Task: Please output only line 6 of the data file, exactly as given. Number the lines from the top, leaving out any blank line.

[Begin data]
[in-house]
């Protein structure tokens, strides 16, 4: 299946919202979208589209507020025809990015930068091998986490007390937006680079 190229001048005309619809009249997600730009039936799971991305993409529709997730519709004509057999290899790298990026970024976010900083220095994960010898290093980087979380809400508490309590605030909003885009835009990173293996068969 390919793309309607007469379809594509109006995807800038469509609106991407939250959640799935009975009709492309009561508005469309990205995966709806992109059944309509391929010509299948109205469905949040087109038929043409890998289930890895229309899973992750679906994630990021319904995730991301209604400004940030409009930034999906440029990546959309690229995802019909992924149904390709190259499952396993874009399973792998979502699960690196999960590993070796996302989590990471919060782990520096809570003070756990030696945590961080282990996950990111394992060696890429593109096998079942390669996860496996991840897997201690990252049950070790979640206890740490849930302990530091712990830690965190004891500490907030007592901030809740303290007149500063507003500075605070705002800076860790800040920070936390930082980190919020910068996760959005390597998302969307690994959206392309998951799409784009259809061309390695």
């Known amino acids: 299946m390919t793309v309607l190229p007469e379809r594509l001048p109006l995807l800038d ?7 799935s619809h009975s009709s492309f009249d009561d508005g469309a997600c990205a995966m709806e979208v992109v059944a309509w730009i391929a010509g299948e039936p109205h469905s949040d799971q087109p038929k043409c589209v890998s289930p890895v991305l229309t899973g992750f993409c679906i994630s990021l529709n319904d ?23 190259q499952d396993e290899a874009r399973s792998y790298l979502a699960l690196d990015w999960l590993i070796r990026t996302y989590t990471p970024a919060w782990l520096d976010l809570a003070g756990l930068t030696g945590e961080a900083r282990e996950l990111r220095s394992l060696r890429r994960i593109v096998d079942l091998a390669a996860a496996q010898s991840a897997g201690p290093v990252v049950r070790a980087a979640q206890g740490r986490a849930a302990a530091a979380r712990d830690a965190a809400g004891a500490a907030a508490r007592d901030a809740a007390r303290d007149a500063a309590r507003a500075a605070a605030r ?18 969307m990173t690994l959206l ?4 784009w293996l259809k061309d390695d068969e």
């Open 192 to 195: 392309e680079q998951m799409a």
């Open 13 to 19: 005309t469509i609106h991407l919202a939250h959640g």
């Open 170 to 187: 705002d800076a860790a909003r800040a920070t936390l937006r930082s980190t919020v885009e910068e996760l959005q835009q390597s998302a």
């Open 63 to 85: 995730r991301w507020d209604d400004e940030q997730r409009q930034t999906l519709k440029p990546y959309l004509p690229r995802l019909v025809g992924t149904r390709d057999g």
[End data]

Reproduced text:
């Open 170 to 187: 705002d800076a860790a909003r800040a920070t936390l937006r930082s980190t919020v885009e910068e996760l959005q835009q390597s998302a």